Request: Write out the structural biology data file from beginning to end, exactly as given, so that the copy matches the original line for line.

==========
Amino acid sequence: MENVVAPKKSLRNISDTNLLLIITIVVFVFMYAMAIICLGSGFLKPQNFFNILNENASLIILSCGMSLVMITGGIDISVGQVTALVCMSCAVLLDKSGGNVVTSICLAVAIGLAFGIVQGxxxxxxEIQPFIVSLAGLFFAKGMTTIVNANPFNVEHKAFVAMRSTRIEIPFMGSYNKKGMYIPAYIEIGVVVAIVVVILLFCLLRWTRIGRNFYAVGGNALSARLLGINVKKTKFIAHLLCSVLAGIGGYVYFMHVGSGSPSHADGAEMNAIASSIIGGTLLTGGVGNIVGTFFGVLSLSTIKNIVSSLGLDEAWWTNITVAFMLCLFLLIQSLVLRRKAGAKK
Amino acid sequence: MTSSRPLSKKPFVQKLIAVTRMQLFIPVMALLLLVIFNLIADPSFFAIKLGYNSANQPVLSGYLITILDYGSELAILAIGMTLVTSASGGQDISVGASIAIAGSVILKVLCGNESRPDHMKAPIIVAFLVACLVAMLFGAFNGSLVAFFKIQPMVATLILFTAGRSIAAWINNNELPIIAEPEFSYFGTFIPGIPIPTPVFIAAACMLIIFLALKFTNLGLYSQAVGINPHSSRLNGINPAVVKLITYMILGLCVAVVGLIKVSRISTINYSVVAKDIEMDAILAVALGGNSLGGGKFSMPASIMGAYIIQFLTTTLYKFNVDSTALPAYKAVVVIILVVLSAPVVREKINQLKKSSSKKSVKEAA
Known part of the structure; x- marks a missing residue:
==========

Amino acid sequence: MENVVAPKKSLRNISDTNLLLIITIVVFVFMYAMAIICLGSGFLKPQNFFNILNENASLIILSCGMSLVMITGGIDISVGQVTALVCMSCAVLLDKSGGNVVTSICLAVAIGLAFGIVQGxxxxxxEIQPFIVSLAGLFFAKGMTTIVNANPFNVEHKAFVAMRSTRIEIPFMGSYNKKGMYIPAYIEIGVVVAIVVVILLFCLLRWTRIGRNFYAVGGNALSARLLGINVKKTKFIAHLLCSVLAGIGGYVYFMHVGSGSPSHADGAEMNAIASSIIGGTLLTGGVGNIVGTFFGVLSLSTIKNIVSSLGLDEAWWTNITVAFMLCLFLLIQSLVLRRKAGAKK
Amino acid sequence: MTSSRPLSKKPFVQKLIAVTRMQLFIPVMALLLLVIFNLIADPSFFAIKLGYNSANQPVLSGYLITILDYGSELAILAIGMTLVTSASGGQDISVGASIAIAGSVILKVLCGNESRPDHMKAPIIVAFLVACLVAMLFGAFNGSLVAFFKIQPMVATLILFTAGRSIAAWINNNELPIIAEPEFSYFGTFIPGIPIPTPVFIAAACMLIIFLALKFTNLGLYSQAVGINPHSSRLNGINPAVVKLITYMILGLCVAVVGLIKVSRISTINYSVVAKDIEMDAILAVALGGNSLGGGKFSMPASIMGAYIIQFLTTTLYKFNVDSTALPAYKAVVVIILVVLSAPVVREKINQLKKSSSKKSVKEAA
Known part of the structure; x- marks a missing residue: